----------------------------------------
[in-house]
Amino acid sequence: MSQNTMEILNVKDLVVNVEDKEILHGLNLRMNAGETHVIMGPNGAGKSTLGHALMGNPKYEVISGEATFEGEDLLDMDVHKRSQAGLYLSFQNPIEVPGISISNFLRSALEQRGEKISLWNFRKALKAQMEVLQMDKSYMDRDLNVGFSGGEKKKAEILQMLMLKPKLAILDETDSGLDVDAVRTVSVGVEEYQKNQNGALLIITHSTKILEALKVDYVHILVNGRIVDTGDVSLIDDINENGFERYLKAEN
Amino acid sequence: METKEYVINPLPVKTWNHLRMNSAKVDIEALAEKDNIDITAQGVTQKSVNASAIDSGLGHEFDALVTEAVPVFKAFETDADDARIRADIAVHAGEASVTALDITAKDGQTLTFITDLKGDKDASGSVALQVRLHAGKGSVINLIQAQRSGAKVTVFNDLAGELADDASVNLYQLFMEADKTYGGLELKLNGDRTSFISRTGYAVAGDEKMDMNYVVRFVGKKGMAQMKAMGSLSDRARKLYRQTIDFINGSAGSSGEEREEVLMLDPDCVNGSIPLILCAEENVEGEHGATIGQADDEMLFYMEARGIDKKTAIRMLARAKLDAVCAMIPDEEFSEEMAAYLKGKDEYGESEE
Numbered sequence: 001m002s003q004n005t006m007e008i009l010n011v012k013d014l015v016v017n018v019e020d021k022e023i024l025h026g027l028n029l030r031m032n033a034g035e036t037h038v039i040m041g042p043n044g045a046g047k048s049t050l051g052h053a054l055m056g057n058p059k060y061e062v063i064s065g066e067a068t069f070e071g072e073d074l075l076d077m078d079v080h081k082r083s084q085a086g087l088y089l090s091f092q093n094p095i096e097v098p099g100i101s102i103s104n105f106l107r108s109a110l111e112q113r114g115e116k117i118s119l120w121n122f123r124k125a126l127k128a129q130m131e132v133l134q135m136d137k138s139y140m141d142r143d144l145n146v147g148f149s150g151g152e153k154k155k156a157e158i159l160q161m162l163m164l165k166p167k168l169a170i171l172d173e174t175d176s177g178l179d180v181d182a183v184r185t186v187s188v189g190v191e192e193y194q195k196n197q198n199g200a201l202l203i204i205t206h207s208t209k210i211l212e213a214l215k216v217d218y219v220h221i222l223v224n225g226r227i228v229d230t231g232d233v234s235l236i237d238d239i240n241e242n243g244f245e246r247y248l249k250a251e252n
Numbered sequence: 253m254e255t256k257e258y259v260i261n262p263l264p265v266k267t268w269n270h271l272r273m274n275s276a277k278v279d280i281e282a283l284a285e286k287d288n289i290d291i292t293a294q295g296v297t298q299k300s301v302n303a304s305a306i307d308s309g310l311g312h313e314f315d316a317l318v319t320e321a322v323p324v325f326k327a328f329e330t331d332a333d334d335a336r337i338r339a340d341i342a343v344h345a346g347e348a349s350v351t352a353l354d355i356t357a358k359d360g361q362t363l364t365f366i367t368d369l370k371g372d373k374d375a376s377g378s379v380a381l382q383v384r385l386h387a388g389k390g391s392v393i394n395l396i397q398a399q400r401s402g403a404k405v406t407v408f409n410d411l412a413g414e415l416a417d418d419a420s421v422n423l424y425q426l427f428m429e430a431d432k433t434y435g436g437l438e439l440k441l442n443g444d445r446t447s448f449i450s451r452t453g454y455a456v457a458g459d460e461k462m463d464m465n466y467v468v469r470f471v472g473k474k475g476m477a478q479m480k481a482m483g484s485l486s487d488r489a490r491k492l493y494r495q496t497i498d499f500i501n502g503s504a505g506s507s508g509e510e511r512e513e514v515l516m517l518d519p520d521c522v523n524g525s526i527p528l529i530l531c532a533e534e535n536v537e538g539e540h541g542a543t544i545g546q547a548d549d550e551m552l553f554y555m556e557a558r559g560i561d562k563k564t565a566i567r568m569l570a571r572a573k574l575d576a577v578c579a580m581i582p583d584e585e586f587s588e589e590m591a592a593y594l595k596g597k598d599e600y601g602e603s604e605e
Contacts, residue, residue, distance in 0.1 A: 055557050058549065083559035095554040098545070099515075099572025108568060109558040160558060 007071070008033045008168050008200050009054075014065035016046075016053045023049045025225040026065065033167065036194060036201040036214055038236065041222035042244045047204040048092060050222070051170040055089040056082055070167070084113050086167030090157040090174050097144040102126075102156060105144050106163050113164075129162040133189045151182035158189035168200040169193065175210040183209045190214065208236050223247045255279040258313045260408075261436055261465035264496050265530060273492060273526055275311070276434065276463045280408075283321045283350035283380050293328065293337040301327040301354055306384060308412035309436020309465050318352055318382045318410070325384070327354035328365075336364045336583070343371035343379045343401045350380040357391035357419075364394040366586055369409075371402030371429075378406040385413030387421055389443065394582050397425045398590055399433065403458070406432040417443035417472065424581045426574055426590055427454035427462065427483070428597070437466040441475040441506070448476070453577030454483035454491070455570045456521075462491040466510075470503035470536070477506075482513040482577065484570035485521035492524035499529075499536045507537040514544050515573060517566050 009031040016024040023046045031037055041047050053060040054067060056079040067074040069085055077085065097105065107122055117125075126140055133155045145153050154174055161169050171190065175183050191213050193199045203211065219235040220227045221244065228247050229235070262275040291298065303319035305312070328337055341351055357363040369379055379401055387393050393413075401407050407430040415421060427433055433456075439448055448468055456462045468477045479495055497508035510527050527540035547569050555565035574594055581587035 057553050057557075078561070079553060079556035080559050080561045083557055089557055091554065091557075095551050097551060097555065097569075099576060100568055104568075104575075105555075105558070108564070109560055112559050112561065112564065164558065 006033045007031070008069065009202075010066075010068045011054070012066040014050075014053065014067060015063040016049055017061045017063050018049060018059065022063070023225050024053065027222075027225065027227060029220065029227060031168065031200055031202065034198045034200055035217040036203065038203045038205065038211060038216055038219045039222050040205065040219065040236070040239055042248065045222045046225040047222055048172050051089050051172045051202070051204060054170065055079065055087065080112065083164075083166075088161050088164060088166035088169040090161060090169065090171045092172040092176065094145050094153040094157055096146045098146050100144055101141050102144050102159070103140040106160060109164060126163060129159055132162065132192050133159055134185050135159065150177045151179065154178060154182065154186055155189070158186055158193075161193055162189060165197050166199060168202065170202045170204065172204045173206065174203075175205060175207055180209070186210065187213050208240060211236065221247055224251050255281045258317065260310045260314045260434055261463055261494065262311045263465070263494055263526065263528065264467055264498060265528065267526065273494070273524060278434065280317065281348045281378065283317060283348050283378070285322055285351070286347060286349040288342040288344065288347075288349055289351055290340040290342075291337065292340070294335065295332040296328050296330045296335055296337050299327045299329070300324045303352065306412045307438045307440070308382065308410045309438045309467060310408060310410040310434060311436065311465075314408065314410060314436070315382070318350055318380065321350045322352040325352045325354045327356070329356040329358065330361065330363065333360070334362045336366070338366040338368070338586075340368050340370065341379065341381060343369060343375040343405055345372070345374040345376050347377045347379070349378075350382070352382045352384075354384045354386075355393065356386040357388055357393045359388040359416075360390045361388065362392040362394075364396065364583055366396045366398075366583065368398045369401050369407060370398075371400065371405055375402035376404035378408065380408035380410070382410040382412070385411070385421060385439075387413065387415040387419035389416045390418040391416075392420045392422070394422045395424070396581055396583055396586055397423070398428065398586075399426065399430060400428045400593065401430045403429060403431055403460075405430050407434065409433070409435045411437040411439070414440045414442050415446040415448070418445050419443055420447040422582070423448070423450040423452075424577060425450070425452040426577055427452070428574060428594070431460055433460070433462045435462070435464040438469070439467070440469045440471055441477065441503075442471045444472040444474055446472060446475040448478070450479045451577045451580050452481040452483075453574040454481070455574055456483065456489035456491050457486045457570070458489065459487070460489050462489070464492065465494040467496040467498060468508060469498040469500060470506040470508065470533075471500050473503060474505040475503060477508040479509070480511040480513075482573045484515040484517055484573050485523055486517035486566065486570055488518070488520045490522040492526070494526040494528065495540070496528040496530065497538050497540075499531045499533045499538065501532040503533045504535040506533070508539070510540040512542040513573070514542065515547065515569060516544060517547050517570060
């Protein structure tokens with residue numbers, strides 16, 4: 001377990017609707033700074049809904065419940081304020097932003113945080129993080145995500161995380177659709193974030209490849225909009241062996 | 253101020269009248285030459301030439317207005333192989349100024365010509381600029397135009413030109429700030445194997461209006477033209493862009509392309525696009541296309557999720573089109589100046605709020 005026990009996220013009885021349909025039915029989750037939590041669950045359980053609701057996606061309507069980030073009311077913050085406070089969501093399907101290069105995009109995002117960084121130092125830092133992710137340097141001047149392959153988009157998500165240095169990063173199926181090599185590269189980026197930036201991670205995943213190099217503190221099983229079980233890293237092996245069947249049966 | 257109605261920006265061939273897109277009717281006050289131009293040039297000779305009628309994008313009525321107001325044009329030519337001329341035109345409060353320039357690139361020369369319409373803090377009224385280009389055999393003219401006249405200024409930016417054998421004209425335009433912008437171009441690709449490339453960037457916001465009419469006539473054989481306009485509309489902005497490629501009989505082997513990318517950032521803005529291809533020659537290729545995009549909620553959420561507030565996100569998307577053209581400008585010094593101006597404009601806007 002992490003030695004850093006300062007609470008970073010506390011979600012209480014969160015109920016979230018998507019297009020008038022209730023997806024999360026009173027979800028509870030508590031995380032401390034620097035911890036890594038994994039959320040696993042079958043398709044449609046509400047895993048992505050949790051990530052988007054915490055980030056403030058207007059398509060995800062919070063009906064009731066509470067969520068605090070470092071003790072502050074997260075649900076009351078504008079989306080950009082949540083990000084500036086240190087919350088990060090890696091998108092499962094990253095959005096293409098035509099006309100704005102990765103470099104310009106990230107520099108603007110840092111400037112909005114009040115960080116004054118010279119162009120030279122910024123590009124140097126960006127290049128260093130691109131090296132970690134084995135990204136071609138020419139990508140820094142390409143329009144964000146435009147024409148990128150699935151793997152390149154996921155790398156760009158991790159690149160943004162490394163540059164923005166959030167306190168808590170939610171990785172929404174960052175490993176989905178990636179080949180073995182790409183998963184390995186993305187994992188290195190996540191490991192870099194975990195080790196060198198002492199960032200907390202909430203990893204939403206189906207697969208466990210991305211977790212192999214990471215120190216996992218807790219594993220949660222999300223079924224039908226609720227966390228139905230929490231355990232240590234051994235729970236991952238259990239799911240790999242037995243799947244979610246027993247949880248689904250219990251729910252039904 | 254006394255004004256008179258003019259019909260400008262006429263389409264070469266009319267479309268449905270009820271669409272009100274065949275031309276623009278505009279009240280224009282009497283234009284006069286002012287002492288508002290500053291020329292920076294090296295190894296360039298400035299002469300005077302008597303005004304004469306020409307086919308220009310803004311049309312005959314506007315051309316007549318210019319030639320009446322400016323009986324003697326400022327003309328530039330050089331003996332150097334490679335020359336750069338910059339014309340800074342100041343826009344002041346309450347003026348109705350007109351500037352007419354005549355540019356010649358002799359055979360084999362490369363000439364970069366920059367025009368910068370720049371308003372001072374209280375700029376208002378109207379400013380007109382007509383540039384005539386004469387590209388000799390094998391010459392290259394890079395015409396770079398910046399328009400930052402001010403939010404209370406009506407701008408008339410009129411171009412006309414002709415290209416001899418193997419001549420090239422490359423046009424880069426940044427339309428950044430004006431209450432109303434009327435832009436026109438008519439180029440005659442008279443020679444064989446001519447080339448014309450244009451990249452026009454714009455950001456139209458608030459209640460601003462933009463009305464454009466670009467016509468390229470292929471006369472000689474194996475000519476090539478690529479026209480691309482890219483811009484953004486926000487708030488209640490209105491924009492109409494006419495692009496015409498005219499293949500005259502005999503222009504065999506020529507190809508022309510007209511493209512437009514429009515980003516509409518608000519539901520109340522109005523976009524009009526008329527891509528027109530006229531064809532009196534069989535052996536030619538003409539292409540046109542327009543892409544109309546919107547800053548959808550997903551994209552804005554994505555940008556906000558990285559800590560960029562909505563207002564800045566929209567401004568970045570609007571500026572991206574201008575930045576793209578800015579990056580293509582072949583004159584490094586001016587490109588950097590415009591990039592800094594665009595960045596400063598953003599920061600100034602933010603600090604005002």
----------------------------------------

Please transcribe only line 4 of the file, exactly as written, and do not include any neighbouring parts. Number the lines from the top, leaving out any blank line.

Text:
Numbered sequence: 001m002s003q004n005t006m007e008i009l010n011v012k013d014l015v016v017n018v019e020d021k022e023i024l025h026g027l028n029l030r031m032n033a034g035e036t037h038v039i040m041g042p043n044g045a046g047k048s049t050l051g052h053a054l055m056g057n058p059k060y061e062v063i064s065g066e067a068t069f070e071g072e073d074l075l076d077m078d079v080h081k082r083s084q085a086g087l088y089l090s091f092q093n094p095i096e097v098p099g100i101s102i103s104n105f106l107r108s109a110l111e112q113r114g115e116k117i118s119l120w121n122f123r124k125a126l127k128a129q130m131e132v133l134q135m136d137k138s139y140m141d142r143d144l145n146v147g148f149s150g151g152e153k154k155k156a157e158i159l160q161m162l163m164l165k166p167k168l169a170i171l172d173e174t175d176s177g178l179d180v181d182a183v184r185t186v187s188v189g190v191e192e193y194q195k196n197q198n199g200a201l202l203i204i205t206h207s208t209k210i211l212e213a214l215k216v217d218y219v220h221i222l223v224n225g226r227i228v229d230t231g232d233v234s235l236i237d238d239i240n241e242n243g244f245e246r247y248l249k250a251e252n